Happy Anniversary, Sesame Street!
November 10, 2014
Forty five years ago today, the first episode of Sesame Street aired on PBS. As we celebrate the many ways that our friends Grover, Big Bird, and the rest of the gang have changed the landscape of children’s media for so many generations, all of us at the Joan Ganz Cooney Center would like to salute our founder, the woman whose dedication and determination has made such a tremendous impact on the lives of children all over the world.
From the beginning, Joan Ganz Cooney believed in the importance of rigorous research not just to inform the content of the show, but to measure the impact that it has on real kids who watch it. A true visionary, she understood that television could be used as an effective way to engage children in learning at the same time that they were being entertained. (Read her landmark study on the potential uses of television for preschool education.) More than four decades later, we are incredibly proud to work with amazing colleagues who truly believe in the potential of children’s media to make a real difference in the way young children learn—not just the fundamentals that will give them a head start in school, but about the importance of being smarter, stronger, and kinder.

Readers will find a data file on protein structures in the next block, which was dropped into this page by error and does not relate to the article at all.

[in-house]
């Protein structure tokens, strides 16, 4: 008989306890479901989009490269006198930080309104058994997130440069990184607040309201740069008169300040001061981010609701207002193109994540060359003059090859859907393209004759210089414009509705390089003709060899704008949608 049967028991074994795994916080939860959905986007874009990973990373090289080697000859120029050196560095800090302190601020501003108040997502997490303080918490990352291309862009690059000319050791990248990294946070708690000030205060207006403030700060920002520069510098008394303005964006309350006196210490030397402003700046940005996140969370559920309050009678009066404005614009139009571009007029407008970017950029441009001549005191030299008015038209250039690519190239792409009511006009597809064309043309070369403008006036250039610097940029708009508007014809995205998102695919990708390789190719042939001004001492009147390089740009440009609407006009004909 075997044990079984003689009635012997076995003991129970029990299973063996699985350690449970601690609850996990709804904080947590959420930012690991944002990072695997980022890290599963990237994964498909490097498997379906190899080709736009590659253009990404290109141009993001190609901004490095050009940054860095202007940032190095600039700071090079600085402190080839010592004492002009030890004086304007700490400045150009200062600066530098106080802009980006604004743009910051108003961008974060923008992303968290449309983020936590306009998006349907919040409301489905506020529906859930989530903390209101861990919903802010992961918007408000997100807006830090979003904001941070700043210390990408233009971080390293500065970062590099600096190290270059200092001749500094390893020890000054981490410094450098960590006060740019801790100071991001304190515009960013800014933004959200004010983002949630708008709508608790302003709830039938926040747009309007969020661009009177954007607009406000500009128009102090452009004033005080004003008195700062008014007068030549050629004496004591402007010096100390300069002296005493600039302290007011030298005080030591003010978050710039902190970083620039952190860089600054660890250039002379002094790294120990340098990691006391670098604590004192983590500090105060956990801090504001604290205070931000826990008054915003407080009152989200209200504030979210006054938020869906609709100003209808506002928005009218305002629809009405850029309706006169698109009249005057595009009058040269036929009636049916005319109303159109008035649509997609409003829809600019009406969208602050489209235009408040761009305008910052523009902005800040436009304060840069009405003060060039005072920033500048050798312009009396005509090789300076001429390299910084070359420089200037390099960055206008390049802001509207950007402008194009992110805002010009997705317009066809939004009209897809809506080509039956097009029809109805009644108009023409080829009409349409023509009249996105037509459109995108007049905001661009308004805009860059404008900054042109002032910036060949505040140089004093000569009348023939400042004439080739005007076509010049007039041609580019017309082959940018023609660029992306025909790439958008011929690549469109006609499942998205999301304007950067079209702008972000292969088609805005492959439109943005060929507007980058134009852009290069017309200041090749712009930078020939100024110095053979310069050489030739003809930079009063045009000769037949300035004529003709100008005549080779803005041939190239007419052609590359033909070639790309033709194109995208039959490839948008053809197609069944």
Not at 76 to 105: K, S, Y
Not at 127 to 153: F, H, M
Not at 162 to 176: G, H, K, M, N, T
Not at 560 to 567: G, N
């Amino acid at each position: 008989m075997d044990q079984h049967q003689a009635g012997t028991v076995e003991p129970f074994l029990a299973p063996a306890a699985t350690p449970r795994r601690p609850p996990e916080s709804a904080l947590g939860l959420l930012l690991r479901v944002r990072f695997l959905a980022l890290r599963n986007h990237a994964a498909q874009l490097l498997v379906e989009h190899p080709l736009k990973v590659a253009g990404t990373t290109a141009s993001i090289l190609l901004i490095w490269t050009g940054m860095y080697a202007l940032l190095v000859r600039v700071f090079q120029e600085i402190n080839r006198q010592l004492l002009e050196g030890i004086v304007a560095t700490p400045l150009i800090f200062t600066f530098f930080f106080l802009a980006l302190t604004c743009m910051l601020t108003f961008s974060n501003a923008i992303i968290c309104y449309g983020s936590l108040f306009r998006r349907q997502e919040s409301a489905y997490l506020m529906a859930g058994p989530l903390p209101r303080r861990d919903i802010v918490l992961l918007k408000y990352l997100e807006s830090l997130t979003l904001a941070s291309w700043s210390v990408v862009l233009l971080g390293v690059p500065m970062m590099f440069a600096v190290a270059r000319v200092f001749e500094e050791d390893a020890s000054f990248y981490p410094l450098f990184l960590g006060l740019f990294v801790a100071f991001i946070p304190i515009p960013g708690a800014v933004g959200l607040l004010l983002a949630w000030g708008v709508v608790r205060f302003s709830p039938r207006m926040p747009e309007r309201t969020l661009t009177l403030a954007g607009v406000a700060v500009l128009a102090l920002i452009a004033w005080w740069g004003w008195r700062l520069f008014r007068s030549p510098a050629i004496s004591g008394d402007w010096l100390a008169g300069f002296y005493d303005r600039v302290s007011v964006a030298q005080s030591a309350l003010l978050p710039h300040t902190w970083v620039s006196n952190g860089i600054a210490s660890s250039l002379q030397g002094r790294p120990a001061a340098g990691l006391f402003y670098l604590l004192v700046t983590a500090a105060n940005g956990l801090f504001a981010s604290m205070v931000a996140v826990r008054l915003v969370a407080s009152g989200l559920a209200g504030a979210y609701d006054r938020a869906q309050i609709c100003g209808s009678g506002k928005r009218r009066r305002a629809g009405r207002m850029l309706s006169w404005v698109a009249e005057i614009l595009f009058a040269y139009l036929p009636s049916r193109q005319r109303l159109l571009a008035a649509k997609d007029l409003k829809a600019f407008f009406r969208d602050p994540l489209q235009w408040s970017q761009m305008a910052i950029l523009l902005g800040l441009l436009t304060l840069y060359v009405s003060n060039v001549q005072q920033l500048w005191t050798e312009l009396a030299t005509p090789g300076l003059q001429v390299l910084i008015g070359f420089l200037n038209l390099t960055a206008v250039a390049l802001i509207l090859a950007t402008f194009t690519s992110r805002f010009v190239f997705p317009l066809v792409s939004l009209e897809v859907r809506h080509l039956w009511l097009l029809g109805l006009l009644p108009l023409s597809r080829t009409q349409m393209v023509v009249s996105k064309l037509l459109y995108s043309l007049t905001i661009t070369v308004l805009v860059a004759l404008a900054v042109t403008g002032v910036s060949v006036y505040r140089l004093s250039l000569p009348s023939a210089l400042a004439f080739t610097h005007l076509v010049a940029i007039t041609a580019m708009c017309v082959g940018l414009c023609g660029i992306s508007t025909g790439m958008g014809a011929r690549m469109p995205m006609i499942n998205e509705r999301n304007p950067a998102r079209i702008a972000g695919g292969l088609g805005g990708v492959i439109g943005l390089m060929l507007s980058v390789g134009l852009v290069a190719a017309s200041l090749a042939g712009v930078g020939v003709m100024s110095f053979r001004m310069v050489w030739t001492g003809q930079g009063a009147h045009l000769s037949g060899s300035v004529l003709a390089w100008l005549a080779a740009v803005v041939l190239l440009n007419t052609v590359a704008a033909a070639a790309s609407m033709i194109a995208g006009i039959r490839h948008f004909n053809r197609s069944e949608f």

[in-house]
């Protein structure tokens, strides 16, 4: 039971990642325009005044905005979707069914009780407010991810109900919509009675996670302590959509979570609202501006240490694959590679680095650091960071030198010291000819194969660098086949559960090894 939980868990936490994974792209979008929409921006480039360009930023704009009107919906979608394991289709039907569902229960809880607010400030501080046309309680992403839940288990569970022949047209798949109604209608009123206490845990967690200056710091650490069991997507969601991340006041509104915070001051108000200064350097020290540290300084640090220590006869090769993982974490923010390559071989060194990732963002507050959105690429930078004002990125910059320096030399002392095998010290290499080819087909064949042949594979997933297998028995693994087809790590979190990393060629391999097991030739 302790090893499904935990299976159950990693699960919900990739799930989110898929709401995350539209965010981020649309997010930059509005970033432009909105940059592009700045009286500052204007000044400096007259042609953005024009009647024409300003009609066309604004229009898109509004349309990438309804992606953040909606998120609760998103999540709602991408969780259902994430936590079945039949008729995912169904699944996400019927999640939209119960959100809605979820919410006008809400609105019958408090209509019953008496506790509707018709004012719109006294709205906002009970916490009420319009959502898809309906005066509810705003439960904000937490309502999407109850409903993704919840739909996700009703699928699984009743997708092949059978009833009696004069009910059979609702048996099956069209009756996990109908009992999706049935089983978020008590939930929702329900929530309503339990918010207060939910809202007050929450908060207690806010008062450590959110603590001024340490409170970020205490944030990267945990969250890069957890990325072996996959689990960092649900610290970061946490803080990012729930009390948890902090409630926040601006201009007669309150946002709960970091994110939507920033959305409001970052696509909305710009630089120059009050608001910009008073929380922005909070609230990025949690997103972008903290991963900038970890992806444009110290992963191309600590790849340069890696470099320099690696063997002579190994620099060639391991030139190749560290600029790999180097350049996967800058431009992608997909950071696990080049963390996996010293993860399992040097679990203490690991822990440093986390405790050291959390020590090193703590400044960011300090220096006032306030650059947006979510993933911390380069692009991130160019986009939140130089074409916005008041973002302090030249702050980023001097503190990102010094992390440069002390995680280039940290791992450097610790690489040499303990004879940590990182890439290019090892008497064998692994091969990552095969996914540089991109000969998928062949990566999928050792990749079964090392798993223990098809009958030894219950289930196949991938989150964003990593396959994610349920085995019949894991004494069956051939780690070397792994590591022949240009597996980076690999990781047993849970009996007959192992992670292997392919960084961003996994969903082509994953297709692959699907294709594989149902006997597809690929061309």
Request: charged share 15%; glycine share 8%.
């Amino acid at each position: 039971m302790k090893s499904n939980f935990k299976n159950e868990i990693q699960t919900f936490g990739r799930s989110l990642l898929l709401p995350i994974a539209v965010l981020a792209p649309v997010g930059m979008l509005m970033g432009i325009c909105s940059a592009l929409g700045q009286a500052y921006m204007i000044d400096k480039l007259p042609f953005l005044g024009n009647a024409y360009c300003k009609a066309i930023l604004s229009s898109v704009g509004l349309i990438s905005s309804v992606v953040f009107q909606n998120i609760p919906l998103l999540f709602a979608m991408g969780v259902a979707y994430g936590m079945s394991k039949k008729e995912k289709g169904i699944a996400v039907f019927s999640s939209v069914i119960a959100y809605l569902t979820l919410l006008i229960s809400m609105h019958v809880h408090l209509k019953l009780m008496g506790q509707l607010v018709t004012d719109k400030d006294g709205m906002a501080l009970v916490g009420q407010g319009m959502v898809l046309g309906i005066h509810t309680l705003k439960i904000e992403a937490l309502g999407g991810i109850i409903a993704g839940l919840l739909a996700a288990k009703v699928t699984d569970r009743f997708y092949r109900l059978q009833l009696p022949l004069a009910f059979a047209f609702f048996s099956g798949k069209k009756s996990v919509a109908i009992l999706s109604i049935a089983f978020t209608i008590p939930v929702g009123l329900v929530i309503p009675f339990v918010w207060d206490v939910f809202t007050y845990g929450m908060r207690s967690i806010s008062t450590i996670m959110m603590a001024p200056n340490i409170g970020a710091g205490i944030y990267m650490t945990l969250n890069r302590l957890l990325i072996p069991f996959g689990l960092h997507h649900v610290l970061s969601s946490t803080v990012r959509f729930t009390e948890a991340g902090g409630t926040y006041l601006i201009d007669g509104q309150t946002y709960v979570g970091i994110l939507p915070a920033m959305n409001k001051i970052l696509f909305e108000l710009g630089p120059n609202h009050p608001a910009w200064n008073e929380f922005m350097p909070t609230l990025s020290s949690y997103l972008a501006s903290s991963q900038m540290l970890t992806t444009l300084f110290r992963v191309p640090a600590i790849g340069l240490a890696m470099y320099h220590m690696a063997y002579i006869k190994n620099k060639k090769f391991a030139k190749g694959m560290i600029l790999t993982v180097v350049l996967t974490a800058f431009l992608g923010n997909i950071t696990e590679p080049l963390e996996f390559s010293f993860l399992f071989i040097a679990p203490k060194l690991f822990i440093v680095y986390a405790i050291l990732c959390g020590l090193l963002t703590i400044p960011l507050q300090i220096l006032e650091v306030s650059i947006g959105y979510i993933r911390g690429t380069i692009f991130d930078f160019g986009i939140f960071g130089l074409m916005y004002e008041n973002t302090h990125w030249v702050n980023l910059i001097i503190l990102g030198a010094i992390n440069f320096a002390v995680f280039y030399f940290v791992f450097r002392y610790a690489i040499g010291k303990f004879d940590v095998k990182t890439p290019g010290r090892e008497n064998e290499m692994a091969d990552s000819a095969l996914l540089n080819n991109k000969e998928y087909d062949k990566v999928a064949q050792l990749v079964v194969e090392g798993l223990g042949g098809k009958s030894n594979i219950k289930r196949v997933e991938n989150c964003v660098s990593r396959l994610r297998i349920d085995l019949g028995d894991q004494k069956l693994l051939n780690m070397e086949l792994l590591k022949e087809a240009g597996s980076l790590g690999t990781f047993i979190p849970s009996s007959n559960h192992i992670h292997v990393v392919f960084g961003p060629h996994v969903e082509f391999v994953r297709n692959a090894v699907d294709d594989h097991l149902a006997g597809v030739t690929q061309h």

All of us at the Joan Ganz Cooney Center are honored to continue our founder’s work by evaluating how the technologies of today and tomorrow can be harnessed to help children reach their best potential. We are working to engage developers, researchers, policymakers and educators to understand how digital media can help improve literacy skills, particularly among underserved populations; examining the possibilities for leveraging children’s interest in video games for education; and studying the way families are using media together. We know that the power of digital media can be harnessed to influence children’s media in the years to come. And we thank Joan Ganz Cooney and Sesame Street for helping to pave the way!
If you are in New York and haven’t had a chance yet, stop by the exhibit at the New York Public Library to learn more about the history of the show.